Its already been done. At least one of the L4 microkernels (Fiasco?) is implemented in C++. You don't lose code efficiency doing it in C++, if you know what you're doing in C++.

  • well there is a ++ in the name so.....

  • by woboyle ( 1044168 ) on Saturday April 01, 2017 @10:50PM (#54159223)
    I have been writing C since the early 80's and C++ since the early 90's. For large-scale robust systems, C++ is the way to go. It provides for greater degrees of abstraction, debug-ability, and clarity of intent. I only use C any longer for kernel development.
  • Well, duh - it is (Score:4, Informative)

    by johannesg ( 664142 ) on Sunday April 02, 2017 @04:23AM (#54159591)

    C++ is much better than C. It's much greater expressiveness makes it easy to clearly formulate what you are doing, and in far fewer lines of code too. Exceptions free you from all that tedious boilerplate, where every function call basically expands into three lines: error=function();if (error) handle_error (error);. RAII makes resource handling painless. It's massively more powerful standard library provide instant access to lots of useful datastructures and algorithms, and unlike C it's all typesafe too.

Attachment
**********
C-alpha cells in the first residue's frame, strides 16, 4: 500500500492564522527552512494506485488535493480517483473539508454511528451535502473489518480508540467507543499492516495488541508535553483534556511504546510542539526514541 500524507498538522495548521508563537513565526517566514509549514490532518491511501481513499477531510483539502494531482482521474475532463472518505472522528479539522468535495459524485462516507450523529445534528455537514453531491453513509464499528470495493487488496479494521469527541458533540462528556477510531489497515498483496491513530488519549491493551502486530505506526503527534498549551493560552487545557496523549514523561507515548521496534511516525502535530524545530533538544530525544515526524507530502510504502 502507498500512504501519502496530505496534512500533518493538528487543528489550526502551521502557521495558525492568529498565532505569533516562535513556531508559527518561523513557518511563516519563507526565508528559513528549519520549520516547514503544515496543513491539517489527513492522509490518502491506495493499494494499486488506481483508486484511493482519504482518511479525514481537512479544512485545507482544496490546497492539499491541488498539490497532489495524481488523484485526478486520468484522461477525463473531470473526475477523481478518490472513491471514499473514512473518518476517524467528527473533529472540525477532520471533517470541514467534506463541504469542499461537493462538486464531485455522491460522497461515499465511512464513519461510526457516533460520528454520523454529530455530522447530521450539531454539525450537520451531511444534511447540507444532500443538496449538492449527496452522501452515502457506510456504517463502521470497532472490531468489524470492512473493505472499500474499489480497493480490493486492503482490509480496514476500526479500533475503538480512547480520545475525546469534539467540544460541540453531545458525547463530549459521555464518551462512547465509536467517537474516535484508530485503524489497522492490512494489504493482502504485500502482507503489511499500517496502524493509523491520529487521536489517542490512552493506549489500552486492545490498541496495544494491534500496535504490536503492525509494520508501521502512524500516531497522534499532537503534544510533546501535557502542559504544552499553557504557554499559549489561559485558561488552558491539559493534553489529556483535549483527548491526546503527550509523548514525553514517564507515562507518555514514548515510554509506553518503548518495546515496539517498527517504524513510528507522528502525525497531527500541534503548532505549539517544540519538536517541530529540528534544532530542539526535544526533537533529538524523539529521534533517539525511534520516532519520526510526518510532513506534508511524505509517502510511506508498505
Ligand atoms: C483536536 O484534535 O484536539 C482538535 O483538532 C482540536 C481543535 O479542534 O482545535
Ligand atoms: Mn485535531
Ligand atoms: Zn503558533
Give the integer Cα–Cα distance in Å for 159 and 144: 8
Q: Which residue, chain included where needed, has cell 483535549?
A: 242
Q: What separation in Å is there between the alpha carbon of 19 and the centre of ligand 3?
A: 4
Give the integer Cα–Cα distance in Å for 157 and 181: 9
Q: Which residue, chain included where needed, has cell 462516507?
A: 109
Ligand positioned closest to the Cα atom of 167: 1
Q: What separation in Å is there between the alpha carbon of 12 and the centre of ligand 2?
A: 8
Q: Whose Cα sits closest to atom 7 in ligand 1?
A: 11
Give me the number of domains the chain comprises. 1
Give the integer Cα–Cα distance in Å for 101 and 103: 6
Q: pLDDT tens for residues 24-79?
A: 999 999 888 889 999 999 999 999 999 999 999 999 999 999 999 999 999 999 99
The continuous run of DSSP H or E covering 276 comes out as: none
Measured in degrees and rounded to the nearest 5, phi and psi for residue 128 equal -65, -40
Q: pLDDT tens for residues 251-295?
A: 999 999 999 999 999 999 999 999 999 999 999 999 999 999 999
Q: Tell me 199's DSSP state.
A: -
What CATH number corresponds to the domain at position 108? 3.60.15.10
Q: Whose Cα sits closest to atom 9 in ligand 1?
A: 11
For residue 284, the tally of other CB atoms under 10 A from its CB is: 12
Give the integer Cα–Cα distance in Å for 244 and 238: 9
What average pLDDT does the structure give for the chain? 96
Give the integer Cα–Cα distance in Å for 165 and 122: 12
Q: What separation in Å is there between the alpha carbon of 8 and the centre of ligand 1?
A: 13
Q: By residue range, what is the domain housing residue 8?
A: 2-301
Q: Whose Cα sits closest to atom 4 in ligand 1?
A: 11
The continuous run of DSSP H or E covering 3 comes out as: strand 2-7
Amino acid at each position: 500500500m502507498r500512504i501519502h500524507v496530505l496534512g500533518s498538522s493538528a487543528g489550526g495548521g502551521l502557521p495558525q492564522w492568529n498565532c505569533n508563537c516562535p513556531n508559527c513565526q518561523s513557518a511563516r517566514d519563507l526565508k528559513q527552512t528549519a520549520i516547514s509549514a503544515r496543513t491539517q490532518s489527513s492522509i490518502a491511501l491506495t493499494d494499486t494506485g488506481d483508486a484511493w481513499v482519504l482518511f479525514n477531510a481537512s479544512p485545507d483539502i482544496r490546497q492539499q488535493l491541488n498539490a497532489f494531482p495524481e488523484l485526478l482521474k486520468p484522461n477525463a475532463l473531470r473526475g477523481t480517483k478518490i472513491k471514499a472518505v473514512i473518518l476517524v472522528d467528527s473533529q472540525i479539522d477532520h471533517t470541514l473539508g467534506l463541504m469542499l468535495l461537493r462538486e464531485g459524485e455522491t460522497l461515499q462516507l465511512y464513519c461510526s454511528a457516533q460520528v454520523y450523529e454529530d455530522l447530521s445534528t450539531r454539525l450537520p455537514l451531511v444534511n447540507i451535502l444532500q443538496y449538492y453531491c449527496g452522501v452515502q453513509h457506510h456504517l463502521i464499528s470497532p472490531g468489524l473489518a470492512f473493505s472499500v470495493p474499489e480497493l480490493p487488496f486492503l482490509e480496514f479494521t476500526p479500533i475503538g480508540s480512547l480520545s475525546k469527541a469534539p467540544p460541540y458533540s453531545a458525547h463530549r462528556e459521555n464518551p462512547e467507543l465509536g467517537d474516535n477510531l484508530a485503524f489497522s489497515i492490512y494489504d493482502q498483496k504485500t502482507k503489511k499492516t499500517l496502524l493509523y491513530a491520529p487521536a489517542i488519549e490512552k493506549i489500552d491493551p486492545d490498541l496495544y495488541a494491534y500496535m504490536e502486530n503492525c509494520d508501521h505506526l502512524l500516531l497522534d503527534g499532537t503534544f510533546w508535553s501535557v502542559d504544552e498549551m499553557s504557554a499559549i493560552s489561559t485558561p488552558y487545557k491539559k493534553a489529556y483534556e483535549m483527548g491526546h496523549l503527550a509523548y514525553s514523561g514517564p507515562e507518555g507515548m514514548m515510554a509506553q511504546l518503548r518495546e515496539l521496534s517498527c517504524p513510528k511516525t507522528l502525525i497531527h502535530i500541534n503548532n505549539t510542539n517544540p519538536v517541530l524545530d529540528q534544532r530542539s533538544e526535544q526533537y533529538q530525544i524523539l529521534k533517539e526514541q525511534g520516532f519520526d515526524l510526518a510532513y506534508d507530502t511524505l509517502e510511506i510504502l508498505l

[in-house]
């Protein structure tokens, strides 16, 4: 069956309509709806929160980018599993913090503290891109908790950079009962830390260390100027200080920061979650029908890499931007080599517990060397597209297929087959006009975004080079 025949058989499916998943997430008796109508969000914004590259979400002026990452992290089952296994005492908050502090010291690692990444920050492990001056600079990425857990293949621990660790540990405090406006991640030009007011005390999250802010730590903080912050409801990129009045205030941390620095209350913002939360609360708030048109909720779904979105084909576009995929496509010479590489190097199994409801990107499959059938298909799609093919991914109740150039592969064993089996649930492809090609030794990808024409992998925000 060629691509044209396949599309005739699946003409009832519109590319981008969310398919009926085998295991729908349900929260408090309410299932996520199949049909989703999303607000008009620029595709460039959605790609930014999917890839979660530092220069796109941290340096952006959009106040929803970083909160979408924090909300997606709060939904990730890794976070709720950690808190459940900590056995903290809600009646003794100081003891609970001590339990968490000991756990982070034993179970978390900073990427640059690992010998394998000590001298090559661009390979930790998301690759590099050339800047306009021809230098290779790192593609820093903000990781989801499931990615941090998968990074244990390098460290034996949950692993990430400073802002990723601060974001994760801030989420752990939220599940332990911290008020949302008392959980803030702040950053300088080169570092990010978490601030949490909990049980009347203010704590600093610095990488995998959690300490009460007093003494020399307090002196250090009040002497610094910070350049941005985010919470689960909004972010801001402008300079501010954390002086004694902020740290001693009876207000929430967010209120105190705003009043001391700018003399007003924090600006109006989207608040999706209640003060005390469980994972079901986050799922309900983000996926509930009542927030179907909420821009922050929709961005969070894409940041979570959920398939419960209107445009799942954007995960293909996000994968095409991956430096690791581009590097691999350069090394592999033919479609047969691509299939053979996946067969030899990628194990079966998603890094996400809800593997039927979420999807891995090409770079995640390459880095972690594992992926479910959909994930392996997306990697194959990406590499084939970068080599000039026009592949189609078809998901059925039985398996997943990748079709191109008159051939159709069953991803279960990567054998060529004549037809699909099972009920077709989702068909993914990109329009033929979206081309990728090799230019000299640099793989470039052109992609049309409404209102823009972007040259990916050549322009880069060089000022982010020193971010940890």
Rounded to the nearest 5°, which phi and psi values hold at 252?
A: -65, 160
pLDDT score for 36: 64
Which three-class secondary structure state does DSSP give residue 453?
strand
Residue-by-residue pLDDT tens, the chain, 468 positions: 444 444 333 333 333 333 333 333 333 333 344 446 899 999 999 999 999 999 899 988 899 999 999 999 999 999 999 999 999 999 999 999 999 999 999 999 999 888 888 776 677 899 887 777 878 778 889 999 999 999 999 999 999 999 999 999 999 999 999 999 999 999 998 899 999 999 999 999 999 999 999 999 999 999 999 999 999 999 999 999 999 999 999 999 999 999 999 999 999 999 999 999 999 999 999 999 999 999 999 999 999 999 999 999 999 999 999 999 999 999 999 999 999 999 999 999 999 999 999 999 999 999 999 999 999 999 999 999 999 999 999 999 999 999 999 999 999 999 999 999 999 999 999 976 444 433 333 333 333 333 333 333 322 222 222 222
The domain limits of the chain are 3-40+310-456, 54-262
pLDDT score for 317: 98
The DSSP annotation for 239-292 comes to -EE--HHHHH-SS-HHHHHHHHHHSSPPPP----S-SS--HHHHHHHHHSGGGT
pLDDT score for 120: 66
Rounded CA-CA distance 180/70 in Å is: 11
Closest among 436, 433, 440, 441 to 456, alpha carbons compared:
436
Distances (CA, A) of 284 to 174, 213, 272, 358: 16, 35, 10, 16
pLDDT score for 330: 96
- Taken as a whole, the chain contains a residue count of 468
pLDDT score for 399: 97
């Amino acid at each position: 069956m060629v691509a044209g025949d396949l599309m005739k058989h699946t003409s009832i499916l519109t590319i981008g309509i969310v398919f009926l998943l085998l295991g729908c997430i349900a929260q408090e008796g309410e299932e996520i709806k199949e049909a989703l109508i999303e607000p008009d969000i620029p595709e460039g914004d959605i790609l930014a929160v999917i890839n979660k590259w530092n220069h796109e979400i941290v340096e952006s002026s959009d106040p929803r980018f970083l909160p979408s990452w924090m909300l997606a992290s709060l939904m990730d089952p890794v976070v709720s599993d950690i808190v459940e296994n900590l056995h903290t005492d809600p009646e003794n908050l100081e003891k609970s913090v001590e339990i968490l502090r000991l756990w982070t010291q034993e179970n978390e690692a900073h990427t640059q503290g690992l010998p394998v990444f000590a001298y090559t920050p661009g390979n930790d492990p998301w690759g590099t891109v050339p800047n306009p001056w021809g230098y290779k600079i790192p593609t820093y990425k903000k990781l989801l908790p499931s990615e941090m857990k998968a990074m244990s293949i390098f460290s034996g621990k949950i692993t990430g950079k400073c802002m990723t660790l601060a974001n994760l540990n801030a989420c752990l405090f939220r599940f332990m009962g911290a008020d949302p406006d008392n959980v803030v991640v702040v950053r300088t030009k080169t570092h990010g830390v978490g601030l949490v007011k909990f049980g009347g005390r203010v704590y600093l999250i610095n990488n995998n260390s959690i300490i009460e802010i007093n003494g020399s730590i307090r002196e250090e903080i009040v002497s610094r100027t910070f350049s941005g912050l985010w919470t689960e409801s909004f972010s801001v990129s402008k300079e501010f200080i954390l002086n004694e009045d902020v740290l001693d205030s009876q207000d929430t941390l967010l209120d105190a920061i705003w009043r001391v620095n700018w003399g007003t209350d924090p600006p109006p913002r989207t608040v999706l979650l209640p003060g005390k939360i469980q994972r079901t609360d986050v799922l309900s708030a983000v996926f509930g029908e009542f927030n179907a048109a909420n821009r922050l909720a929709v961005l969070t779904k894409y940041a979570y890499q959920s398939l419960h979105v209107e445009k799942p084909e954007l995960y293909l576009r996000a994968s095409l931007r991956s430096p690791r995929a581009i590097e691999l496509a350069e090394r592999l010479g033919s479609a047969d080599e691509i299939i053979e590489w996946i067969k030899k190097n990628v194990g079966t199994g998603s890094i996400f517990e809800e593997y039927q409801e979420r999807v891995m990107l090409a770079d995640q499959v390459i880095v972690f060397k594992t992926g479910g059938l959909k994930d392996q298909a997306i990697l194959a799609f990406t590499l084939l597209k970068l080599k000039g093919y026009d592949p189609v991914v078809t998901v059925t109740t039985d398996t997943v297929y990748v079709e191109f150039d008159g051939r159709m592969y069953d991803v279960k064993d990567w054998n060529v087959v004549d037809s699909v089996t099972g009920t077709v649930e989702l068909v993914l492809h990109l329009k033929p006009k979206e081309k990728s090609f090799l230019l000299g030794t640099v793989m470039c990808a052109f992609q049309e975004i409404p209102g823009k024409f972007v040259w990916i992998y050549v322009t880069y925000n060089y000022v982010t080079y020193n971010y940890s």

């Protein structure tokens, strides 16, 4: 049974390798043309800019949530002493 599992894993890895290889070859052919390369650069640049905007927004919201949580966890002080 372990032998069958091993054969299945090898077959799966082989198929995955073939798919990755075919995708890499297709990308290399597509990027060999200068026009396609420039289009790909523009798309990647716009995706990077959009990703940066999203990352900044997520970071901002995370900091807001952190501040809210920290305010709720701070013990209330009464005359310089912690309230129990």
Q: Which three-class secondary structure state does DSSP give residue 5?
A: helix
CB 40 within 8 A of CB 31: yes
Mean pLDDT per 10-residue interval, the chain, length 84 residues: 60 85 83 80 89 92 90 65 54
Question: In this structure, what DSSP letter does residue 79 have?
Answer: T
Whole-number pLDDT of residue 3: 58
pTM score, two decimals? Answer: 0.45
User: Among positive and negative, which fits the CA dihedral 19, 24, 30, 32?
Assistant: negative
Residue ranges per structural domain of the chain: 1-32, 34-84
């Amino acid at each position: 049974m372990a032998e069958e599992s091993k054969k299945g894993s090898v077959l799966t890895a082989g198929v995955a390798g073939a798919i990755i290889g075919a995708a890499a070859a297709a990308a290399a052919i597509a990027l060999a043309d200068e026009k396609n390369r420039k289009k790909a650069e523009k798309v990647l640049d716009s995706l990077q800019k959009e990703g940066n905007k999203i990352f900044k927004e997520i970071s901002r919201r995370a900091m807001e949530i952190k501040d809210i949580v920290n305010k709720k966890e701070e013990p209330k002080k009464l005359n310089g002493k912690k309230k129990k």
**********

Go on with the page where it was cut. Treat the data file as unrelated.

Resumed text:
Is it hard to use? Hardly. I find C hard to use - just imagine having to write an application that uses strings, it'll be one giant mass of mallocs, strcats, strcpys, frees (don't forget any!), and will invariably end in buffer overflows and lost memory. Oh, and it will probably have a whole bunch of gotos for what they laughingly call 'resource management', Dijkstra's 1968 paper notwithstanding.

    Do I disagree with all the criticism, then? No - but the horror stories that get posted here do tend to be worst possible cases, which pop up once in a very long while, rather than the daily occurrences some people make them out to be. It's been... I don't know, half a decade or so? since I last saw one of those horrifying template errors - and it's not for lack of templates in my code. It's not really a hard language either - sure, you _can_ write unreadable statements, but you can do that in any language so that doesn't mean much. It also gives you the tools to write much, much clearer code.